Equal rights among genders has been a continuous battle fought publicly and privately over the ages. It cannot be denied that women and men are rarely seen as equal, and even if there are laws passed to break down this barrier, still, there are more battles women need to overcome. Why did we say that? When it comes to workplace gender discrimination, a substantial number of women in technology have encountered a certain kind of it. In the past, there has been a notable gender disparity in the field of information technology. Yet, the gap is starting to dissolve.
Throughout time, ever more women in the industry also chose to speak up about their experiences in the field, as evidenced by Ivanti’s Women in Tech Survey Report 2019, that presents the voices of more than 500 women who work in technology all over the globe. However, in the United Kingdom, only 8% of women hold positions of leadership or partnership in the tech business, demonstrating how much it is dominated by males. The National STEM Learning Centre and Network, TechUKWomen, GirlGeeks, and Cambridge AWISE are some of the organisations that attempt to get women interested in technology. There are few ambassadors on which to build goals, thus all of these elements must be used to encourage an increase in women engagement in the IT industry.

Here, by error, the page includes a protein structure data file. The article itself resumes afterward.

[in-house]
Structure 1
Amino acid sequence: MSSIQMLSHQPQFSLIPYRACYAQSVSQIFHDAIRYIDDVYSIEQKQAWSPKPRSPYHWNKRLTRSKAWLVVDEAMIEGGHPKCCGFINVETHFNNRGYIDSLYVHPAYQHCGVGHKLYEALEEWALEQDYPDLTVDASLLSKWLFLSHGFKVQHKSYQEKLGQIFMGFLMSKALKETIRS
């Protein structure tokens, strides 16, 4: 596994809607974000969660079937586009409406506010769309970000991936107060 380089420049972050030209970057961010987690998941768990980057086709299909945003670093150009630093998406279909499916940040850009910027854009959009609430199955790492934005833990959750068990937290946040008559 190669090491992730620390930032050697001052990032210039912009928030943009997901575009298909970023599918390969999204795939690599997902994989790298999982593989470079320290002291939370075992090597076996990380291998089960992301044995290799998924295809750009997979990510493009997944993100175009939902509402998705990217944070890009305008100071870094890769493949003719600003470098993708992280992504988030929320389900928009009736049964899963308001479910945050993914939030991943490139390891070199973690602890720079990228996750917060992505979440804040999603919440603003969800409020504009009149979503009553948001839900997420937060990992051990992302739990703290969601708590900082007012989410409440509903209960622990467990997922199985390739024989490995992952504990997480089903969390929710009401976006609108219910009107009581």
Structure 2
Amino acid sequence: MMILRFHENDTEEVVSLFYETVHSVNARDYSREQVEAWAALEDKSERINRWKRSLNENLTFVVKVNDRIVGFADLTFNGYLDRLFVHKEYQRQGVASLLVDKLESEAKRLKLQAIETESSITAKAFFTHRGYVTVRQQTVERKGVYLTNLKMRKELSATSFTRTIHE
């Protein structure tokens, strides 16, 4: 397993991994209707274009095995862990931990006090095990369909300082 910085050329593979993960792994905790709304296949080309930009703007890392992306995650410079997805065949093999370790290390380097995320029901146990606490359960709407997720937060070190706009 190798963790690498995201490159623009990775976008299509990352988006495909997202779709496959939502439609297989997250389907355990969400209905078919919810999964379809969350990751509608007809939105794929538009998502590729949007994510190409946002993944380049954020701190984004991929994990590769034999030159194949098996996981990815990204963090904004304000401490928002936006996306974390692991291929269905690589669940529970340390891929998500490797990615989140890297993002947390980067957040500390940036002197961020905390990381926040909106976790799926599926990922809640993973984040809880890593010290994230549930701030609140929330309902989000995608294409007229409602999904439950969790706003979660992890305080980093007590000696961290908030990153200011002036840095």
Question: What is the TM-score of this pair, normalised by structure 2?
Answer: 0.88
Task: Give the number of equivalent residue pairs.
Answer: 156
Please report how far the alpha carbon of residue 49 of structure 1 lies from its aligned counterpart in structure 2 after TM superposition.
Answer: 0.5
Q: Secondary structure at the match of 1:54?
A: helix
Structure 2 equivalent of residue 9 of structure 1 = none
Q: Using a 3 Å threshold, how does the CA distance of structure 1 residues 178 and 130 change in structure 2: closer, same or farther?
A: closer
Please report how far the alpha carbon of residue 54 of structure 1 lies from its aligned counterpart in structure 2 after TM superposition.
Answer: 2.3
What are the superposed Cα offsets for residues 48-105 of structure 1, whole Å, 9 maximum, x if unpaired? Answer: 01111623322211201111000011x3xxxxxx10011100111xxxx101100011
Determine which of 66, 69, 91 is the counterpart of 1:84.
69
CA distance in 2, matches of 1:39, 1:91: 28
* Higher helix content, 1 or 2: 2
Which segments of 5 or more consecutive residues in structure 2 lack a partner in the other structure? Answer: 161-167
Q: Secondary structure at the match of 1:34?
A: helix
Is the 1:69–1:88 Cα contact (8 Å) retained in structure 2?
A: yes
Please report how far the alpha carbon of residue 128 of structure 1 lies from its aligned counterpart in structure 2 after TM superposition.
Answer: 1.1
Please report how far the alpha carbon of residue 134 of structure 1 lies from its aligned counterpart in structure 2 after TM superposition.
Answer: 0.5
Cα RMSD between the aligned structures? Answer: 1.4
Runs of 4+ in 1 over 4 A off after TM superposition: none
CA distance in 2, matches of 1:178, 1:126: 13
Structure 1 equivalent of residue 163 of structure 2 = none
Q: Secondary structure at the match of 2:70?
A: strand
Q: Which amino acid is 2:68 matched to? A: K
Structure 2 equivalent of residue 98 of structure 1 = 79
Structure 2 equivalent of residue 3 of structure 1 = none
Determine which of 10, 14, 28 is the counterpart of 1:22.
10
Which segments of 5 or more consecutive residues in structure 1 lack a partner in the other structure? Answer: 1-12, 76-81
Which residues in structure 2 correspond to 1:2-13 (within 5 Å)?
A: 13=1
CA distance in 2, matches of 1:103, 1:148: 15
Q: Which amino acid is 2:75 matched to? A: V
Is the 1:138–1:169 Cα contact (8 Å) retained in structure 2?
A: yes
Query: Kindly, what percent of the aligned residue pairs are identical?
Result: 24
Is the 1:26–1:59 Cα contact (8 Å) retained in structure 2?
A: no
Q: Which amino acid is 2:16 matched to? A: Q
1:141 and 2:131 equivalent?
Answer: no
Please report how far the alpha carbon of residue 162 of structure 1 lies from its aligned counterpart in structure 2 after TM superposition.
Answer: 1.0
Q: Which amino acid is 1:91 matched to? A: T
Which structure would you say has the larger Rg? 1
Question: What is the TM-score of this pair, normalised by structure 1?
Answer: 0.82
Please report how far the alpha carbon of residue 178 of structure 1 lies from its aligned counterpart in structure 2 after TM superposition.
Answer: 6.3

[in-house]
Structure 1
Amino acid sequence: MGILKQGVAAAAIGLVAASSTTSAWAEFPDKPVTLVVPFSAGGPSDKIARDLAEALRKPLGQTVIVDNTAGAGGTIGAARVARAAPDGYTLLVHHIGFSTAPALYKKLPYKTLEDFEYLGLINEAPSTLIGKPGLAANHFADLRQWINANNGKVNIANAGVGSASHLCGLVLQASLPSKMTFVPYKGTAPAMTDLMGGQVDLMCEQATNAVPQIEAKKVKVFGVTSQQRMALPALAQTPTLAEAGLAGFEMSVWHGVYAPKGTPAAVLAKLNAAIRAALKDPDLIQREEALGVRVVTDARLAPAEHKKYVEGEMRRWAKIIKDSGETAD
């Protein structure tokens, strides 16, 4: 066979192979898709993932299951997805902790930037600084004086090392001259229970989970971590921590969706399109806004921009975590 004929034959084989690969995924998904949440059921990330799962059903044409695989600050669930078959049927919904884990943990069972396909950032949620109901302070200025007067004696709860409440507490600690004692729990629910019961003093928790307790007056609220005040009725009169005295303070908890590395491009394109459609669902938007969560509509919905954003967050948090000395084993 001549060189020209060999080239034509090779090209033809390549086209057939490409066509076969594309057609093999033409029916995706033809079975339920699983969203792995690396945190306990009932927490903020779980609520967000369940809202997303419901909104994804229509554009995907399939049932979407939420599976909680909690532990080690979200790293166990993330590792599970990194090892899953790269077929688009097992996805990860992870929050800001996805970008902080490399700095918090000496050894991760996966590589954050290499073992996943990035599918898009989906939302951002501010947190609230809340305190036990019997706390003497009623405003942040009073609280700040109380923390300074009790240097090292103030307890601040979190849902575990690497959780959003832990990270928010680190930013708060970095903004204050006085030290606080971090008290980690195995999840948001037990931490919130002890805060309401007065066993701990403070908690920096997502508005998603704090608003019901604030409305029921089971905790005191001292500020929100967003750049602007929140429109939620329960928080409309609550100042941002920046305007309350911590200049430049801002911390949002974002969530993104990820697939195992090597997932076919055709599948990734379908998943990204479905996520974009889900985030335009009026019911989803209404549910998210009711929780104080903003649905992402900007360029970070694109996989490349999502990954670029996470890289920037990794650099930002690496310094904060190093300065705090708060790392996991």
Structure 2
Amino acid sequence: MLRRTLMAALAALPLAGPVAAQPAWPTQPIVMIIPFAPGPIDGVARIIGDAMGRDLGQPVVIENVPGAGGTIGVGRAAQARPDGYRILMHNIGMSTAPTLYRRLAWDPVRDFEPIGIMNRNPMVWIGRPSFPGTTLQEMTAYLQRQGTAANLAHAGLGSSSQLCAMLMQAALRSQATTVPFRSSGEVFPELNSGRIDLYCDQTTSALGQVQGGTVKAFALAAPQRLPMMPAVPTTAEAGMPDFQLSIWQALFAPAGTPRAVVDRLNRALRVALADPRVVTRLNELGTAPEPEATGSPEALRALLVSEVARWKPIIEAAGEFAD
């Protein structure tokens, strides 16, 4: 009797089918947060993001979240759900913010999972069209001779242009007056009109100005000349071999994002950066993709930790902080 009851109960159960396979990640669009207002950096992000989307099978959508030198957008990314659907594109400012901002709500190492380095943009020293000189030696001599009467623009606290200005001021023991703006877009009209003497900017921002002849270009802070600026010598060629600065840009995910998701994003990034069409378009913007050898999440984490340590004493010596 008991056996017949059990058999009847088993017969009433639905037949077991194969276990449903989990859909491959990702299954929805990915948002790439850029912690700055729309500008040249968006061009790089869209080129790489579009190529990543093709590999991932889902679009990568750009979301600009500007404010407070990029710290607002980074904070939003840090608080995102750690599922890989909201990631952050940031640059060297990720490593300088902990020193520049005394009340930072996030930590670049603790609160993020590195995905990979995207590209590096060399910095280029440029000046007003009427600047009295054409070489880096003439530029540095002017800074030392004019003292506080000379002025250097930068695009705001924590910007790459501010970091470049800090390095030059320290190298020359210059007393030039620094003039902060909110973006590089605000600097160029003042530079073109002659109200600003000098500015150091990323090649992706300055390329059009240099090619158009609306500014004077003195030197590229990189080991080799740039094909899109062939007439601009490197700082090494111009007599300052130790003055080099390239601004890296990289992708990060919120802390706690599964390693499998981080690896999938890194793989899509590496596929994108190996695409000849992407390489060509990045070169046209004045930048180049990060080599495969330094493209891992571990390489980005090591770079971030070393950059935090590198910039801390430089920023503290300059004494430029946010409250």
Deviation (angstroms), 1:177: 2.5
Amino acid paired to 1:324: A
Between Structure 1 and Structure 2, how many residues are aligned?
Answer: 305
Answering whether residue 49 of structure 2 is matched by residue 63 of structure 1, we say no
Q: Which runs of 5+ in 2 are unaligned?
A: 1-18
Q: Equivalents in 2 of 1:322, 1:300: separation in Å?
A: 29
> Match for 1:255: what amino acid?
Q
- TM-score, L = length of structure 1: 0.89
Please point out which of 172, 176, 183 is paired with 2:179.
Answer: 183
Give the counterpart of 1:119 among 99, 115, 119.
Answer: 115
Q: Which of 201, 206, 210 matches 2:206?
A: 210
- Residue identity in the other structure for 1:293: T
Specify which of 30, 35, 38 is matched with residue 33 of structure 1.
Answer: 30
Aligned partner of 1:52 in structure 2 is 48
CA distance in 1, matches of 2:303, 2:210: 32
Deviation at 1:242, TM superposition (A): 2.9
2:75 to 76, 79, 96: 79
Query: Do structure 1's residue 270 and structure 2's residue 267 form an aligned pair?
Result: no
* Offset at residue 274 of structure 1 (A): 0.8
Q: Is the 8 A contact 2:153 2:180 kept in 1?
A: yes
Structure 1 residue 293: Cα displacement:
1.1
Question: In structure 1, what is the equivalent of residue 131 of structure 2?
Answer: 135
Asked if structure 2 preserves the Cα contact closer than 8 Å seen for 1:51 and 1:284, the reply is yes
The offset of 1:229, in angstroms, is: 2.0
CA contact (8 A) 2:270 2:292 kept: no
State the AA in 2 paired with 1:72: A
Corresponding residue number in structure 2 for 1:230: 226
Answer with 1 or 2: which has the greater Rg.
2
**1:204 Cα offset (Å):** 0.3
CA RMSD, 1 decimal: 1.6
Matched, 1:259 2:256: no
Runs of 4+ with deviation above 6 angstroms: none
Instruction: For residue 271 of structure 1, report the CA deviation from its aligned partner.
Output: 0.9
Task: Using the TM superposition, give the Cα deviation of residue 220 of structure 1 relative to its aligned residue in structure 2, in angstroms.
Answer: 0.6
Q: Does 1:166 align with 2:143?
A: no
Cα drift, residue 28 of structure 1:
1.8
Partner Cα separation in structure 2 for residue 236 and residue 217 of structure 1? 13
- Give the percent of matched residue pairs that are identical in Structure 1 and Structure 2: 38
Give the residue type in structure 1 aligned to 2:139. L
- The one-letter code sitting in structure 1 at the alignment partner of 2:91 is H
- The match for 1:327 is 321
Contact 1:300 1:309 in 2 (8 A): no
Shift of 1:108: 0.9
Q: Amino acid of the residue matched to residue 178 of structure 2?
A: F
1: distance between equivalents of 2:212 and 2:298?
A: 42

Surely, we have a few names like Paula Tolliver, who is the global leader of tens of thousands of IT experts. We also have Cynthia Stoddard who manages the IT and cloud operations teams and leads Adobe’s global strategy. Or even a Shivaun Raff, who has eventually been led into a high-profile spat with Google in the European Commission. Women in technology are always battling for their voices to be heard. They must repeatedly demonstrate their value, their thoughts resonating against the adorned stereotypes that our culture has built up through time.
Women, after all, are 50% of the users of IT, their voice needs to be heard, their experiences built on, and adapted into IT Operations.